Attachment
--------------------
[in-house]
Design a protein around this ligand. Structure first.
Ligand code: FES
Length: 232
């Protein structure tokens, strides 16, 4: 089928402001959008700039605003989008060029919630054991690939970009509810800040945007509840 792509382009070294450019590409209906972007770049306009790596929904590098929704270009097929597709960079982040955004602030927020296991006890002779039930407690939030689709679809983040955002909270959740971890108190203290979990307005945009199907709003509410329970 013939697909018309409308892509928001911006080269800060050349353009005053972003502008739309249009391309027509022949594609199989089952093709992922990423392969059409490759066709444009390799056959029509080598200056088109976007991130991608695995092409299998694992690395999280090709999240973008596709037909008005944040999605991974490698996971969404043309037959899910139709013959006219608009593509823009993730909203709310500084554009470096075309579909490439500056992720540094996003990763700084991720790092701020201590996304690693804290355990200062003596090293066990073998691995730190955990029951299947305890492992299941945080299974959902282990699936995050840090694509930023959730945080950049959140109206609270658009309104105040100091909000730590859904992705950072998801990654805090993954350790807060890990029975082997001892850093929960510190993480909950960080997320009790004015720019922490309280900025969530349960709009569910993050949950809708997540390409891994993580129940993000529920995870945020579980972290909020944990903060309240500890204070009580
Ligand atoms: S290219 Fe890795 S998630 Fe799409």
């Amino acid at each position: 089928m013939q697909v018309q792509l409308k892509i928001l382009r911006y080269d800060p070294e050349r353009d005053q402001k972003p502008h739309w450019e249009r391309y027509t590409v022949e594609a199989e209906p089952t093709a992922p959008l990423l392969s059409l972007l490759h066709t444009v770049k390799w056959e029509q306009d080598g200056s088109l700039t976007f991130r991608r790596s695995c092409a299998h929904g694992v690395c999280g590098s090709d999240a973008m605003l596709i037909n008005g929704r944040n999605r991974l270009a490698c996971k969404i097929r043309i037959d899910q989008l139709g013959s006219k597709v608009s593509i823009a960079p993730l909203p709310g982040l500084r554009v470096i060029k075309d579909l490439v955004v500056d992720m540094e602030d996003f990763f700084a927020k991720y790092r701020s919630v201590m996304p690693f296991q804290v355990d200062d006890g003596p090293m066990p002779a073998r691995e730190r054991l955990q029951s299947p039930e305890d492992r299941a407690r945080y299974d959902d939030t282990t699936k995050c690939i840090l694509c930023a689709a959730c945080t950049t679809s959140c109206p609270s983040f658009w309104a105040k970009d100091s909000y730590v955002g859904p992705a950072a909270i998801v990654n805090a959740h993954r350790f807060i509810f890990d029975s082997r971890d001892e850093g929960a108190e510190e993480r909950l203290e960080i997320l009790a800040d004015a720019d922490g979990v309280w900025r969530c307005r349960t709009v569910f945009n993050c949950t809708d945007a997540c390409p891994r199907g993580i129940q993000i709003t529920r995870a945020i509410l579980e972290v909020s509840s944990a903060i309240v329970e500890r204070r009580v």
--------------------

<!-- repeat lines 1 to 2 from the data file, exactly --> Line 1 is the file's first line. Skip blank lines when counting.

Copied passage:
[in-house]
Design a protein around this ligand. Structure first.